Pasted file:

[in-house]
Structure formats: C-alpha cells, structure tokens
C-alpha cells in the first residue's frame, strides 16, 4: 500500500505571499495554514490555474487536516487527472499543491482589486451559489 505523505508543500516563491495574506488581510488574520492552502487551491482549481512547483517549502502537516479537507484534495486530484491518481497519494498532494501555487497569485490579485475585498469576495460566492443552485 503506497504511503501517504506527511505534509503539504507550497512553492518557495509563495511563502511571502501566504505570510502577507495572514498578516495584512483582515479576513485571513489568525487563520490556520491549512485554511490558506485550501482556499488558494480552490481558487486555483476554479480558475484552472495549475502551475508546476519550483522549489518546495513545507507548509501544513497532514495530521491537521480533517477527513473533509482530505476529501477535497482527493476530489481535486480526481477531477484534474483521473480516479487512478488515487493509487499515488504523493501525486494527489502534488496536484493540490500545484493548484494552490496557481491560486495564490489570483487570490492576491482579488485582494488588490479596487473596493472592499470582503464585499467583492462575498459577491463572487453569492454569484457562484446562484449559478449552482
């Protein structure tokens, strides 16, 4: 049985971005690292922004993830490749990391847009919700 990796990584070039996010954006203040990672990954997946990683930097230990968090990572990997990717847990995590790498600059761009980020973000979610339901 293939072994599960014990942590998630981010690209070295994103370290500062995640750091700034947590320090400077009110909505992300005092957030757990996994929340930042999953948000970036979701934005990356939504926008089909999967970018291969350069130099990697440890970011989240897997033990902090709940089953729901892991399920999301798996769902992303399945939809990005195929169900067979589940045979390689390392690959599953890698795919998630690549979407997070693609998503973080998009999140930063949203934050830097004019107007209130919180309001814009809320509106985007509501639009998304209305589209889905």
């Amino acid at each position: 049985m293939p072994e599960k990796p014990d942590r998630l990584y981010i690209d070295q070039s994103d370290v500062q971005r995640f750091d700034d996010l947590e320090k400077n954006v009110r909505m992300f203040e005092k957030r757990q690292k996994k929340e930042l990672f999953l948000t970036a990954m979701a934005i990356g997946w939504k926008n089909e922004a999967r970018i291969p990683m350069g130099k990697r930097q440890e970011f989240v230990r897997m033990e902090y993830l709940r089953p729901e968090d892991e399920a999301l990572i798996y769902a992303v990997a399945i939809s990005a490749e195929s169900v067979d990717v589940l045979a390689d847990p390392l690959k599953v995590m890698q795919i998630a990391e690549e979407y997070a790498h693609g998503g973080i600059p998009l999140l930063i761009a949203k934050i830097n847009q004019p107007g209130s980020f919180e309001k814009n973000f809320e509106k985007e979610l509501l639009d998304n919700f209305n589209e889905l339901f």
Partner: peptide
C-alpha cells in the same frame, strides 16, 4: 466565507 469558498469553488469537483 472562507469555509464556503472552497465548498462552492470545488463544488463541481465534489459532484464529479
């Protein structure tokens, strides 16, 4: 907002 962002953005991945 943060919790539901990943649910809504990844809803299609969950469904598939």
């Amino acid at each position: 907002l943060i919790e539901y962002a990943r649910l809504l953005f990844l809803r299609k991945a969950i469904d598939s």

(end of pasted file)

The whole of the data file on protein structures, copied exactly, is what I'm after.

[in-house]
Structure formats: C-alpha cells, structure tokens
C-alpha cells in the first residue's frame, strides 16, 4: 500500500505571499495554514490555474487536516487527472499543491482589486451559489 505523505508543500516563491495574506488581510488574520492552502487551491482549481512547483517549502502537516479537507484534495486530484491518481497519494498532494501555487497569485490579485475585498469576495460566492443552485 503506497504511503501517504506527511505534509503539504507550497512553492518557495509563495511563502511571502501566504505570510502577507495572514498578516495584512483582515479576513485571513489568525487563520490556520491549512485554511490558506485550501482556499488558494480552490481558487486555483476554479480558475484552472495549475502551475508546476519550483522549489518546495513545507507548509501544513497532514495530521491537521480533517477527513473533509482530505476529501477535497482527493476530489481535486480526481477531477484534474483521473480516479487512478488515487493509487499515488504523493501525486494527489502534488496536484493540490500545484493548484494552490496557481491560486495564490489570483487570490492576491482579488485582494488588490479596487473596493472592499470582503464585499467583492462575498459577491463572487453569492454569484457562484446562484449559478449552482
């Protein structure tokens, strides 16, 4: 049985971005690292922004993830490749990391847009919700 990796990584070039996010954006203040990672990954997946990683930097230990968090990572990997990717847990995590790498600059761009980020973000979610339901 293939072994599960014990942590998630981010690209070295994103370290500062995640750091700034947590320090400077009110909505992300005092957030757990996994929340930042999953948000970036979701934005990356939504926008089909999967970018291969350069130099990697440890970011989240897997033990902090709940089953729901892991399920999301798996769902992303399945939809990005195929169900067979589940045979390689390392690959599953890698795919998630690549979407997070693609998503973080998009999140930063949203934050830097004019107007209130919180309001814009809320509106985007509501639009998304209305589209889905």
């Amino acid at each position: 049985m293939p072994e599960k990796p014990d942590r998630l990584y981010i690209d070295q070039s994103d370290v500062q971005r995640f750091d700034d996010l947590e320090k400077n954006v009110r909505m992300f203040e005092k957030r757990q690292k996994k929340e930042l990672f999953l948000t970036a990954m979701a934005i990356g997946w939504k926008n089909e922004a999967r970018i291969p990683m350069g130099k990697r930097q440890e970011f989240v230990r897997m033990e902090y993830l709940r089953p729901e968090d892991e399920a999301l990572i798996y769902a992303v990997a399945i939809s990005a490749e195929s169900v067979d990717v589940l045979a390689d847990p390392l690959k599953v995590m890698q795919i998630a990391e690549e979407y997070a790498h693609g998503g973080i600059p998009l999140l930063i761009a949203k934050i830097n847009q004019p107007g209130s980020f919180e309001k814009n973000f809320e509106k985007e979610l509501l639009d998304n919700f209305n589209e889905l339901f």
Partner: peptide
C-alpha cells in the same frame, strides 16, 4: 466565507 469558498469553488469537483 472562507469555509464556503472552497465548498462552492470545488463544488463541481465534489459532484464529479
């Protein structure tokens, strides 16, 4: 907002 962002953005991945 943060919790539901990943649910809504990844809803299609969950469904598939």
């Amino acid at each position: 907002l943060i919790e539901y962002a990943r649910l809504l953005f990844l809803r299609k991945a969950i469904d598939s």